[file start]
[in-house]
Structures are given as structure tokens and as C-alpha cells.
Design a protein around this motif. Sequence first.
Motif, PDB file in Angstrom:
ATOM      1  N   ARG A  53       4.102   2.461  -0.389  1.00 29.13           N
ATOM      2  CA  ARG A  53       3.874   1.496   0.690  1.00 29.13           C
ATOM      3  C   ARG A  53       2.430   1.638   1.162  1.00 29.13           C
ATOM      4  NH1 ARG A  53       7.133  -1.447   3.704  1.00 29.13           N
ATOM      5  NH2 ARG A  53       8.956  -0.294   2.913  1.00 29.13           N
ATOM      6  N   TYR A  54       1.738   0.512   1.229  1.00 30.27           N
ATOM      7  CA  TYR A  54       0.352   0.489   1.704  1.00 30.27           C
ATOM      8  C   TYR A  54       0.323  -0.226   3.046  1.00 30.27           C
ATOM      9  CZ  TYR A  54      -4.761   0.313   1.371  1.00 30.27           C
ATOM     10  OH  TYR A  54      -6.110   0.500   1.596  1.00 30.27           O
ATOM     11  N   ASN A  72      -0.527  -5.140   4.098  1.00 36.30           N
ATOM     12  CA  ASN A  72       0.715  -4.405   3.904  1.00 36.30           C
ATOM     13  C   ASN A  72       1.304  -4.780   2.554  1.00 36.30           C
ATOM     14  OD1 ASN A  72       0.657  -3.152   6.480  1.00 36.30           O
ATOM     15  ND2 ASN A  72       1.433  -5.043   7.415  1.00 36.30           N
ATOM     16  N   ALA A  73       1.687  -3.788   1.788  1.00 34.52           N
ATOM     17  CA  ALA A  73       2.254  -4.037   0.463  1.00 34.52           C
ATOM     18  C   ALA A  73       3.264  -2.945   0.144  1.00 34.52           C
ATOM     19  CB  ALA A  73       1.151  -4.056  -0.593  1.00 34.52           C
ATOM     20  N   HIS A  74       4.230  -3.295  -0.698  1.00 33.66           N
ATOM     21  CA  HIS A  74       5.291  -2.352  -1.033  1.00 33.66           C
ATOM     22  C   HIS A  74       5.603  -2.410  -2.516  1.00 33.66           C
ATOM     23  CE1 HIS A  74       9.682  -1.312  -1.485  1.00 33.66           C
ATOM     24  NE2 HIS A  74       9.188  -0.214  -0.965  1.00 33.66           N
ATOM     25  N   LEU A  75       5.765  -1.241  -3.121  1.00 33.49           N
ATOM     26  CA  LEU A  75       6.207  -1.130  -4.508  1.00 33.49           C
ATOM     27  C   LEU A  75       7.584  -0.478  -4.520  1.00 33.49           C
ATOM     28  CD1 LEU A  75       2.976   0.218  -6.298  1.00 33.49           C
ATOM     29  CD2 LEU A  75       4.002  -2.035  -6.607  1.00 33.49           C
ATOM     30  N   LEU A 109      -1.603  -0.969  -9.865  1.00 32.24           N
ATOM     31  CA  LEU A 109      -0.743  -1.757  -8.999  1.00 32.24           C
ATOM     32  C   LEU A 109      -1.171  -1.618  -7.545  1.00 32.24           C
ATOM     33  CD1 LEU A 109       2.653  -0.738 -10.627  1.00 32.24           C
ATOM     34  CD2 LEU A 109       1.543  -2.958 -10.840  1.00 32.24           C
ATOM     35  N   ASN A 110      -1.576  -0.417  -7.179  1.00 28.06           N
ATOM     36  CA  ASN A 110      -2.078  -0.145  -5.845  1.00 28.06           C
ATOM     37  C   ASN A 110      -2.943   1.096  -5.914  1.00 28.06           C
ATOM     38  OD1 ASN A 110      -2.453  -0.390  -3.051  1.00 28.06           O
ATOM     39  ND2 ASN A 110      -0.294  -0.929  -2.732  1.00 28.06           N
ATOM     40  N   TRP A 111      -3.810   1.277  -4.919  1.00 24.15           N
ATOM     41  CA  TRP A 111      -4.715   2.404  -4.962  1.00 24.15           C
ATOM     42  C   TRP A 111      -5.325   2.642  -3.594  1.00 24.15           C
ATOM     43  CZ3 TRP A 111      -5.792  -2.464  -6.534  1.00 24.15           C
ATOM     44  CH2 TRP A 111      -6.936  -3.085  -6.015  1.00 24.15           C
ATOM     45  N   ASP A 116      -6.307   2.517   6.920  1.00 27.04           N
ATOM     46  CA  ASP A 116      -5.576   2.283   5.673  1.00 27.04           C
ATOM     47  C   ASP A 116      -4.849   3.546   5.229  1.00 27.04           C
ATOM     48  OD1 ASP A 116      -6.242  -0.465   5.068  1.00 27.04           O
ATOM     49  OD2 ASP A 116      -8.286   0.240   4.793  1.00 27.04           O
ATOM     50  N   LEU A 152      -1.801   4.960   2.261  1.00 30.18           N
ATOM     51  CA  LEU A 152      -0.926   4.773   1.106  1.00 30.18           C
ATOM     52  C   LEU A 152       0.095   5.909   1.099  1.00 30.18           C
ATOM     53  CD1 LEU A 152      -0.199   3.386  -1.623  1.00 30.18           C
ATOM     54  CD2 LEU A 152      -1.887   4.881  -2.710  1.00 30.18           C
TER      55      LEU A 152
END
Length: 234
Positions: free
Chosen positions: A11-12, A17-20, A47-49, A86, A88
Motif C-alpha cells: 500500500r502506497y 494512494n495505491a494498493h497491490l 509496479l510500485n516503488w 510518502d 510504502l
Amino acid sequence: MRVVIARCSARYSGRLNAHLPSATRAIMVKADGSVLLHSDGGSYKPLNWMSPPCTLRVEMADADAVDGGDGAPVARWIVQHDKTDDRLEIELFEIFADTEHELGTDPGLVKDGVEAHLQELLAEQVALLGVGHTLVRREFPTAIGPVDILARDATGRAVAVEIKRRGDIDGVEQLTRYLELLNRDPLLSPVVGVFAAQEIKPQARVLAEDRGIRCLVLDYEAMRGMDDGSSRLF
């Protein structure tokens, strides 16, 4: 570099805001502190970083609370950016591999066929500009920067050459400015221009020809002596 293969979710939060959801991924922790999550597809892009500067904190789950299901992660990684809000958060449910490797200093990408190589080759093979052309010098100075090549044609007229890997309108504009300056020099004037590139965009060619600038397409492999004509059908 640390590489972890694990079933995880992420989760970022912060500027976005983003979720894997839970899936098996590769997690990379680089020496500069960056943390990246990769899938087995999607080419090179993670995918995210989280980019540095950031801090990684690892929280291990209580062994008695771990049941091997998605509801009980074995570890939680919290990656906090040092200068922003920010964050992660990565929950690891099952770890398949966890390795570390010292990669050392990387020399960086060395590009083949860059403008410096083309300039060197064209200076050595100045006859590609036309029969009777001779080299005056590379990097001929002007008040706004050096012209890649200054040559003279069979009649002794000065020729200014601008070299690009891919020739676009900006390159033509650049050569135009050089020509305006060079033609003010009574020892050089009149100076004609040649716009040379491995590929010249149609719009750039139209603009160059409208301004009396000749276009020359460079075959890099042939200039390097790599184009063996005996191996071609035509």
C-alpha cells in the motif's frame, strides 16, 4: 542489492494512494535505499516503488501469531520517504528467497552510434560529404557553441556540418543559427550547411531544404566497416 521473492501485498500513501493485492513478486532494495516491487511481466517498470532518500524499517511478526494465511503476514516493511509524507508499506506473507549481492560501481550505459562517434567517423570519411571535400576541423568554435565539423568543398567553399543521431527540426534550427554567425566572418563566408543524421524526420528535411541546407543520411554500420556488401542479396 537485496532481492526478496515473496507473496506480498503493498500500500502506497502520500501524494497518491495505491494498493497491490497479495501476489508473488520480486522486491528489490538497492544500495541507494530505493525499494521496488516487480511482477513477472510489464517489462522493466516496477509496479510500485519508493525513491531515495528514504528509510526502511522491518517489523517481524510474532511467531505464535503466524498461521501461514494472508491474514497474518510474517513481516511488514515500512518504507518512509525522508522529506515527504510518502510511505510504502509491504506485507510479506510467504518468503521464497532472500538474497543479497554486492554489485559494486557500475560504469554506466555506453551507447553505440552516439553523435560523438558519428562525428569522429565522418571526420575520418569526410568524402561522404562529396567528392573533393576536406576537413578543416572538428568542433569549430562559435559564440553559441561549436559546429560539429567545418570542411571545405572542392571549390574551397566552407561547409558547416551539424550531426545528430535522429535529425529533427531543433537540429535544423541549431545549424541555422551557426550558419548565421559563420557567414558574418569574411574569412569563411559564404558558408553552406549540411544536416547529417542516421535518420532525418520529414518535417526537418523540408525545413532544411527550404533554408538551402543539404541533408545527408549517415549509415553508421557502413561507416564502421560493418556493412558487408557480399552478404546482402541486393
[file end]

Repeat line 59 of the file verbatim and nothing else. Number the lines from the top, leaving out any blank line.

TER      55      LEU A 152